Image copyright SISMO / SNAABACIA 2015 Image caption Scientists hope to use the video to locate the fish in the Australian mainland
Scientists in Australia have created a new form of life by spawning an enormous reef fish.
The stone panfish was captured spawning over 30 metres (100ft) in the Great Barrier Reef, which stretches across 4,000km (2,500 miles) of Australia’s east coast.
Volunteers for the SmartFish Project looked out for the large sharks before the harbour fish came out of the water to spawn.
The production of the new fish was captured in detail by photographer Andrew Sledge and his team.
They managed to get footage of up to 35 species of panfish spawning in the reef using a special underwater camera.
The panfish, or freshwater snapper, is a common rockfish in Australia. They form the foundation of coral and oyster reefs as well as promoting coral growth, making up up 25% of the world’s reef fish.
“It’s beautiful to have a video of a fish spawning and watching it erupt from the water, especially as this is the first panfish egg and embryo to occur in this area,” said Andrew Sledge from Nature Conservancy in Australia.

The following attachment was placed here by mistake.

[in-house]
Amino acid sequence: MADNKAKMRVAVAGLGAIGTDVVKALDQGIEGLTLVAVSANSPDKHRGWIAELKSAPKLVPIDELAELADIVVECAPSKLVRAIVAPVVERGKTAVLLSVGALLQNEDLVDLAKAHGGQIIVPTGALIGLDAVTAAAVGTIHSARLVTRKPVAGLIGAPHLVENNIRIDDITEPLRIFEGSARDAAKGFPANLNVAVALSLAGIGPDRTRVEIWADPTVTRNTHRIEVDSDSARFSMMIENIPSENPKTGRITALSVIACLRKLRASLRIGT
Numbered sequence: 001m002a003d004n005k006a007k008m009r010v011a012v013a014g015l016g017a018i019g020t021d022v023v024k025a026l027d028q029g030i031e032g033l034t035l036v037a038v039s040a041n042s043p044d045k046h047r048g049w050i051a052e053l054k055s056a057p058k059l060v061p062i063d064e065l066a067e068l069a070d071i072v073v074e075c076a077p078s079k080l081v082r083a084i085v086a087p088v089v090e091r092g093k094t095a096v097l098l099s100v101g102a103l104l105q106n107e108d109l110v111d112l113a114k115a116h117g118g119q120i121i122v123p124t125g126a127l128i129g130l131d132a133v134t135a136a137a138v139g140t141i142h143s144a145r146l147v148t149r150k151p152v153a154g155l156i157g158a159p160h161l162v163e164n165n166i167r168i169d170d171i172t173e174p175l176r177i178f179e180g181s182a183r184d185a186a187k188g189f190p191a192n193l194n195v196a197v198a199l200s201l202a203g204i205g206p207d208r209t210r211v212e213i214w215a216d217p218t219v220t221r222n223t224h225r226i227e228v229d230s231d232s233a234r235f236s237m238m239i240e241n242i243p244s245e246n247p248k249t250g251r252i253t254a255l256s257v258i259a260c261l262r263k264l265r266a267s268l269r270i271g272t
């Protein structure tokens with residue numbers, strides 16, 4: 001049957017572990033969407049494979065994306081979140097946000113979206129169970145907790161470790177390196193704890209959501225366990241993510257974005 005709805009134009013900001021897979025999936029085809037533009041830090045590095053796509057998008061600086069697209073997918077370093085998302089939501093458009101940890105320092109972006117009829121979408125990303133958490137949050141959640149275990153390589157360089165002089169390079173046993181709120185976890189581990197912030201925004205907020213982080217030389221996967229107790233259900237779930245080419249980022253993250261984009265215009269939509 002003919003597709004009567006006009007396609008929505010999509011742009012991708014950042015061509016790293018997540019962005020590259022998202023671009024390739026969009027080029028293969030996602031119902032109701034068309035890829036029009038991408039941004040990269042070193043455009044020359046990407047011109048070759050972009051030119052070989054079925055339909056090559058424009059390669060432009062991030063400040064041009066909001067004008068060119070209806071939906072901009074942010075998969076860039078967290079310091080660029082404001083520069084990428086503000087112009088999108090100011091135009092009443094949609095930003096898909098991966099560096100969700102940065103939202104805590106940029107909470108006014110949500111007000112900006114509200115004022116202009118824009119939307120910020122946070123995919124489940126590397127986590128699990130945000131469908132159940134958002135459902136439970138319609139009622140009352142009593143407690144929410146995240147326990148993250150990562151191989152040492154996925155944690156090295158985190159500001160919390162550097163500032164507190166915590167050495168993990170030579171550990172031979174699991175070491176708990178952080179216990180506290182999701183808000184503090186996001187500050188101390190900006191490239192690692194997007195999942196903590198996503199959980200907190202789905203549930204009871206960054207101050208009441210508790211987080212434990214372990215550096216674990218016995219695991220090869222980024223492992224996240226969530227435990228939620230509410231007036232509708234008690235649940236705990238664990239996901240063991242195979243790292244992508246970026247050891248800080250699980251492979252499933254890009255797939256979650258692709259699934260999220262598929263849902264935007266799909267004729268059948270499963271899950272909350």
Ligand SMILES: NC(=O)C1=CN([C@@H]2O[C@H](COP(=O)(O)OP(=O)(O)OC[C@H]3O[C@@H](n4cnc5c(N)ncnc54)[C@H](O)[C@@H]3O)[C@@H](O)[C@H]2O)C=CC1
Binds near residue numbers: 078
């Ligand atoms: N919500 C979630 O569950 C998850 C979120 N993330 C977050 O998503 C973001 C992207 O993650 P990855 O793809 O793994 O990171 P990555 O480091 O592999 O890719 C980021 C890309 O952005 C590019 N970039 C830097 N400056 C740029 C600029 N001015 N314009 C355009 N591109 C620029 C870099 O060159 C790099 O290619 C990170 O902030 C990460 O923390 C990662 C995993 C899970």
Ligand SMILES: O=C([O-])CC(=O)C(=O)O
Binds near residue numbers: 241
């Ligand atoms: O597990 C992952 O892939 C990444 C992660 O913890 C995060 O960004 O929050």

Image copyright SISMO / SNAABACIA 2015 Image caption Experts hope the footage will lead to the safekeeping of reef fish eggs and embryos
“This is an extremely rare event, so the information collected from this will be very valuable in understanding the species and how best to protect them. We can’t predict whether this spawning behaviour will occur in the future, but hopefully we’ll be able to monitor it over time,” he added.
In total, 79,000 eggs and embryos were captured by Sledge and his team.
“Making that image was a really emotional moment for us, as the fish swimming through the huge boulders was like watching something out of a movie,” said Mr Sledge.
He and his team had been hoping to recover the live reproduction after the spawning and save the embryos for the next spawning cycle, but this did not take place.
The new videos have been released in partnership with the Great Barrier Reef Marine Park Authority and the Australian scientists hope the footage can be used to catalogue all of the living fish in the tropical region.
“I’d like to see this footage made accessible to researchers all over the world to try and track the population of pearl perch, rock perch and white perch, in particular, as we believe a good portion may be from the Great Barrier Reef,” said SISMO director of conservation Matthew Douglass, who organised the 2019 event.
Over the next decade the Great Barrier Reef Marine Park Authority and SISMO will undertake a population mapping effort to help build a snapshot of all the reef fish stock in the area.
Image copyright SISMO / SNAABACIA 2015 Image caption Andrew Sledge captured the spawning Panfish in dramatic detail
“We will also collaborate with other regional authorities and researchers on this project including the Fishery Research and Conservation Authority and University of Queensland to track and save fish eggs, embryos and larvae from the reef,” Mr Douglass added.